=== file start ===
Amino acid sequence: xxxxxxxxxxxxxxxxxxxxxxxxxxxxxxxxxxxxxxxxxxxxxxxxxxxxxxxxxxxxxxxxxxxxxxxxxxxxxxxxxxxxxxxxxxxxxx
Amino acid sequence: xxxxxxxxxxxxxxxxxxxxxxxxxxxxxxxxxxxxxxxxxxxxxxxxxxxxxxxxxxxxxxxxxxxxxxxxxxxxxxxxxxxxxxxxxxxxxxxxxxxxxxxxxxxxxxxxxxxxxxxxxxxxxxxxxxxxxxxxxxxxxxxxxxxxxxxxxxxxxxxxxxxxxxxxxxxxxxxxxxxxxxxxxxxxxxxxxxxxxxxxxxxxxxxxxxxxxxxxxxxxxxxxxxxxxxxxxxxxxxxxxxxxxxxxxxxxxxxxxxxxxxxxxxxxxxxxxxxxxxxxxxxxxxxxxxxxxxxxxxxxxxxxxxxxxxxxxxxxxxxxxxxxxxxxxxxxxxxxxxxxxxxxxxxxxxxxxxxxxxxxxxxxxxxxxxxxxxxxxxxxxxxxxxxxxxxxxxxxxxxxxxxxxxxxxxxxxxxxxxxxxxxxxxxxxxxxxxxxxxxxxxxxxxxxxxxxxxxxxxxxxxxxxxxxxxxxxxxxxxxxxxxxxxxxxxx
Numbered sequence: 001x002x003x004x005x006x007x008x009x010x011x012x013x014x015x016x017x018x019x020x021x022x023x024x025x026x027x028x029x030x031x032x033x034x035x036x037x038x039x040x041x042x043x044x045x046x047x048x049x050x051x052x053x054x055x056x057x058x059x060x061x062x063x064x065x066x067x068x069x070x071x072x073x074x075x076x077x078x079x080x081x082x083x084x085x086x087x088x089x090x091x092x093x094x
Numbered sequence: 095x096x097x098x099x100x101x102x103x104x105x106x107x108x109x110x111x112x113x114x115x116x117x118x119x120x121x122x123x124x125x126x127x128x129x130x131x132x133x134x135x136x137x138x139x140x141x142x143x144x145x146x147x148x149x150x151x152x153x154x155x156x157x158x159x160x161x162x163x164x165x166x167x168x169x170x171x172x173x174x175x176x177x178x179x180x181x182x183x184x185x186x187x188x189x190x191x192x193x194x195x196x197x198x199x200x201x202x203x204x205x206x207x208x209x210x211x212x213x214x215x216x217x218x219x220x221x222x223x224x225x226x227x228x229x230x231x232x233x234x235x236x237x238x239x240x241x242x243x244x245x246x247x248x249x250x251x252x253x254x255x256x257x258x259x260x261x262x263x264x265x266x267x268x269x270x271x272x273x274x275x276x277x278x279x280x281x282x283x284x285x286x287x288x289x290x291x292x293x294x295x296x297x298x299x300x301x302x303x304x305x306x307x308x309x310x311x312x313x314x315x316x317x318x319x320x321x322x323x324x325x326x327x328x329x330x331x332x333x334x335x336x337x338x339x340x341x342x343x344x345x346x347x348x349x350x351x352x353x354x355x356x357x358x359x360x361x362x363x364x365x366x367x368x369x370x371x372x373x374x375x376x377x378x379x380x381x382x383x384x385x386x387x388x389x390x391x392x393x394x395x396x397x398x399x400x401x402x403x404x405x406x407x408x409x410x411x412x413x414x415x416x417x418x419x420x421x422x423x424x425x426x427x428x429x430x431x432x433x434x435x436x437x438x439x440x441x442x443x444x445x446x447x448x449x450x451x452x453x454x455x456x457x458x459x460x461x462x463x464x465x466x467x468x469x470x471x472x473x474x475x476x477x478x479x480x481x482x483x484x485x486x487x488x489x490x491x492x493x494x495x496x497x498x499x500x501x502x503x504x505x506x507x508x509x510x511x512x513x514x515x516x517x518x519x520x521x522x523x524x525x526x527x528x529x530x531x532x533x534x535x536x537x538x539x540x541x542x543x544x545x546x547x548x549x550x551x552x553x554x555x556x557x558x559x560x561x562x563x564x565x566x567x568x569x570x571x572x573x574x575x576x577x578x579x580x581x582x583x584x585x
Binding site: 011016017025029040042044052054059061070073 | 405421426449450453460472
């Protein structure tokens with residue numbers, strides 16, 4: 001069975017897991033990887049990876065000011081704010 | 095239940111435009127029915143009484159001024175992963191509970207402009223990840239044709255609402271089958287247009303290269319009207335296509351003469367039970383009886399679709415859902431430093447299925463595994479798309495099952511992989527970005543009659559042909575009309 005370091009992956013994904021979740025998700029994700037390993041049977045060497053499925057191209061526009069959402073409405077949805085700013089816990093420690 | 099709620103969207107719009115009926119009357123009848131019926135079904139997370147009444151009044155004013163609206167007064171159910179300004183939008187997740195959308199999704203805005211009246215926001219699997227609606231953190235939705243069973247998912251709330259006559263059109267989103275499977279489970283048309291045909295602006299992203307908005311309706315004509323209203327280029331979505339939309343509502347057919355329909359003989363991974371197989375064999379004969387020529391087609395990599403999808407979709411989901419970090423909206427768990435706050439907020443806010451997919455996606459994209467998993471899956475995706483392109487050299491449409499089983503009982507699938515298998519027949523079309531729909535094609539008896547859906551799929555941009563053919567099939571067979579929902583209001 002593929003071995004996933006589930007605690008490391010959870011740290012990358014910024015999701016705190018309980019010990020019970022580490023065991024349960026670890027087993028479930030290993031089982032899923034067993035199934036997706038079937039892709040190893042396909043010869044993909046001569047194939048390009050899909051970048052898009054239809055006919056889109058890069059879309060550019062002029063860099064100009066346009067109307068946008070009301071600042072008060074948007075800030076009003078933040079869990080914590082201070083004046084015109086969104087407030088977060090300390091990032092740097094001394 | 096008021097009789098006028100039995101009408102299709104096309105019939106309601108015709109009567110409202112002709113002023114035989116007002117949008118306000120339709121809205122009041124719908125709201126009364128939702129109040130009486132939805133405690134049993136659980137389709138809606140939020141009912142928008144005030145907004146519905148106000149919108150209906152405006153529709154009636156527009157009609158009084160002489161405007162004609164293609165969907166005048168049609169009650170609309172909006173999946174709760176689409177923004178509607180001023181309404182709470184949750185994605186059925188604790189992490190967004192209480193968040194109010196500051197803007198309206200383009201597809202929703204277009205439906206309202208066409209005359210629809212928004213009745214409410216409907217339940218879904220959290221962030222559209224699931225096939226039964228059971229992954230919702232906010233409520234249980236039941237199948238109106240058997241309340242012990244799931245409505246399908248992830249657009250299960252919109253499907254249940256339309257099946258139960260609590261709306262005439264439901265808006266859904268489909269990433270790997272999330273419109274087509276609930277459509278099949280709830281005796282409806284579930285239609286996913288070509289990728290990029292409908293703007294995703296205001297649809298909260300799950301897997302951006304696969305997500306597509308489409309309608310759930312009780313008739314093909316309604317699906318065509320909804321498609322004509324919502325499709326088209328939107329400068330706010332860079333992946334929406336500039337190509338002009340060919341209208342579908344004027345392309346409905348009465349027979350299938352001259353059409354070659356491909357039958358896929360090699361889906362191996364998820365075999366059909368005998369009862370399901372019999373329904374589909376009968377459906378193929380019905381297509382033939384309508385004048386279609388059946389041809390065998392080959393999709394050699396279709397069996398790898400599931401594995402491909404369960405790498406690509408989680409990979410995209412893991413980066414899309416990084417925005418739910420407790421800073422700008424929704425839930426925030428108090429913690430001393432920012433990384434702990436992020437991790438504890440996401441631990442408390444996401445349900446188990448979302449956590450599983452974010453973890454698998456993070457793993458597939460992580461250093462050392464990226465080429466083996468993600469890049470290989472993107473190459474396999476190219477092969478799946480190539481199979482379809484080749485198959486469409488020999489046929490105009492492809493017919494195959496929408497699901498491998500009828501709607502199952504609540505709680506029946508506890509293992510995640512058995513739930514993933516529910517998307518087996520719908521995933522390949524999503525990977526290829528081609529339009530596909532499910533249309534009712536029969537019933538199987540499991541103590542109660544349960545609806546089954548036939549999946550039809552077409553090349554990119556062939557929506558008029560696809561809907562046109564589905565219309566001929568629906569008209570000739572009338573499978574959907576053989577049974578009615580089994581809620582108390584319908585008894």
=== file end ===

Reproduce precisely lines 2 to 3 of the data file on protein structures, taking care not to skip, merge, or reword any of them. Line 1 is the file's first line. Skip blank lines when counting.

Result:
Amino acid sequence: xxxxxxxxxxxxxxxxxxxxxxxxxxxxxxxxxxxxxxxxxxxxxxxxxxxxxxxxxxxxxxxxxxxxxxxxxxxxxxxxxxxxxxxxxxxxxxxxxxxxxxxxxxxxxxxxxxxxxxxxxxxxxxxxxxxxxxxxxxxxxxxxxxxxxxxxxxxxxxxxxxxxxxxxxxxxxxxxxxxxxxxxxxxxxxxxxxxxxxxxxxxxxxxxxxxxxxxxxxxxxxxxxxxxxxxxxxxxxxxxxxxxxxxxxxxxxxxxxxxxxxxxxxxxxxxxxxxxxxxxxxxxxxxxxxxxxxxxxxxxxxxxxxxxxxxxxxxxxxxxxxxxxxxxxxxxxxxxxxxxxxxxxxxxxxxxxxxxxxxxxxxxxxxxxxxxxxxxxxxxxxxxxxxxxxxxxxxxxxxxxxxxxxxxxxxxxxxxxxxxxxxxxxxxxxxxxxxxxxxxxxxxxxxxxxxxxxxxxxxxxxxxxxxxxxxxxxxxxxxxxxxxxxxxxxx
Numbered sequence: 001x002x003x004x005x006x007x008x009x010x011x012x013x014x015x016x017x018x019x020x021x022x023x024x025x026x027x028x029x030x031x032x033x034x035x036x037x038x039x040x041x042x043x044x045x046x047x048x049x050x051x052x053x054x055x056x057x058x059x060x061x062x063x064x065x066x067x068x069x070x071x072x073x074x075x076x077x078x079x080x081x082x083x084x085x086x087x088x089x090x091x092x093x094x